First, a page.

The proverbial cat is out of the bag. After years of struggling to get recognition, the new space entrepreneurs are getting serious coverage in the mainstream press.
The December 29 issue of
looked at "The New Celestial Capitalists." Focusing on the business side of space, the article discussed the new opportunities that are changing the frontier. Jim Benson's SpaceDev
was showcased as a 21st century gold rush: exploring and claiming near Earth asteroids. Low cost satellite launch and fast package delivery were represented by Kistler
Aerospace and Rotary Rocket Company
. Space Tourism was represented by Interglobal Space Lines
, and Zegrahm Space Voyages
. From the article's perspective, all of these new initiatives spring from the assumption that NASA
no longer wants to deal with mundane space operations. As an example, the cost savings that SpaceHab gives to the space shuttle program was compared to the old SpaceLab: $185 million per module versus $1.2 billion.
The February 2 issue of Fortune,
normally a conservative magazine, discussed how the new space companies are being formed to deal with the glut of data communication satellites that need to be launched. The X-33
Martin's Venture Star
vehicles were discussed. The article then pointed out that even with NASA
support, no Venture Stars will be ready to fly by 2001, when several of the competitors will already be operational. Kelly Space & Technology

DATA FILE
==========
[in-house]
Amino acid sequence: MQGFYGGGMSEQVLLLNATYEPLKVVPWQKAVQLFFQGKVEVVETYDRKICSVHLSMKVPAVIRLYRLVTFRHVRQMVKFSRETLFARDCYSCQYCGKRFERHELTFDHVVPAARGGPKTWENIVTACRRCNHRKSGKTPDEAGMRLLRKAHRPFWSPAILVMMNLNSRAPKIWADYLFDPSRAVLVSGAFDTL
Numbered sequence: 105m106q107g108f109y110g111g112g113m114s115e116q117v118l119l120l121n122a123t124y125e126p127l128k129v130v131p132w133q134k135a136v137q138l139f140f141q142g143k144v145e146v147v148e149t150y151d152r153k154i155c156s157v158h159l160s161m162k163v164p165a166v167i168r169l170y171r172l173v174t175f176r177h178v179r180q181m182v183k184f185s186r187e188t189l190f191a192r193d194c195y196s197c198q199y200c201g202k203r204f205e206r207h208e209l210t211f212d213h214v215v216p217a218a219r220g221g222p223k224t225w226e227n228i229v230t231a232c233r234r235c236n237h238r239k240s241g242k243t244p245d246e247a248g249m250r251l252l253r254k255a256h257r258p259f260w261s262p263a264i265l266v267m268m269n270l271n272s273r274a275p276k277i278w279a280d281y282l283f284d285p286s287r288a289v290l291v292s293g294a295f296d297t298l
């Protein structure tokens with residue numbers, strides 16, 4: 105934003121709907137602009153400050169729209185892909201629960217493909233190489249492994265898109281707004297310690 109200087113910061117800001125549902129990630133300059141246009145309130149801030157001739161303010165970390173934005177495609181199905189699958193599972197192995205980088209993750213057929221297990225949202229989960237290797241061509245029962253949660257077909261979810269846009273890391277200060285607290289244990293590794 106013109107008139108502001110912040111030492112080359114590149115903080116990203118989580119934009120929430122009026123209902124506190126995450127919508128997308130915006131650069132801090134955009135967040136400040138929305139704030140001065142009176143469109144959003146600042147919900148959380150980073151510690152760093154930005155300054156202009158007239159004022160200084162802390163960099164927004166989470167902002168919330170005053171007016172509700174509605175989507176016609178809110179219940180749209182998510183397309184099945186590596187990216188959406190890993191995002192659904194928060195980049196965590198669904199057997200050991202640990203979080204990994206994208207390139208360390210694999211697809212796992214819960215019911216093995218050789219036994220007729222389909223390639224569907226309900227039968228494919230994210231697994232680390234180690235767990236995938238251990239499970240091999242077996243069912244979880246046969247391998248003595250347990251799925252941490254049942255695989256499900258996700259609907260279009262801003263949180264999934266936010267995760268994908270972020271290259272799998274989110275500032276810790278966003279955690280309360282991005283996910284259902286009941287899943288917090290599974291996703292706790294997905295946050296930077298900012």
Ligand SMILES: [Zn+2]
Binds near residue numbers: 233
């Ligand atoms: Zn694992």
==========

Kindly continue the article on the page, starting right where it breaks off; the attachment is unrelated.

Aerospace, Pioneer Rocketplane
, and Rotary Rocket Company
were mentioned in the article.
Finally, the February issue of Popular Science
had the most extensive coverage of the three magazines. The article included several excellent computer images of the best known vehicles. Plugging names such as Tom Clancy,
, and Pete Conrad, the article did its best to show how serious these companies are. As well as the companies mentioned in the other articles, Space Access was also reviewed. The story of Federal Express' founder Fred Smith offer to put money into a hypersonic cargo plane was discussed, as well as the U.S. Air Force's attempts to build a reusable space plane. The X Prize
got a good plug as a side bar article.
The secret is out. The general public is beginning to hear stories of these amazing flying machines. Now with Senator John Glenn getting a ride on the space shuttle, it will not be long before people will start demanding a ride into orbit. Sources
- Begley, Sharon, and Weingarten, Tara. "The New Celestial Capitalists."
Newsweek. Dec. 29, 1997-Jan. 5, 1998. pp. 70-73.
- Schonfeld, Erick. "Blasting Off the Cheap Way." Fortune. Feb. 2, 1998. pp. 140-141.
- Sweetman, Bill. "Rocket Planes." Popular Science. Feb. 1998. pp.40-45.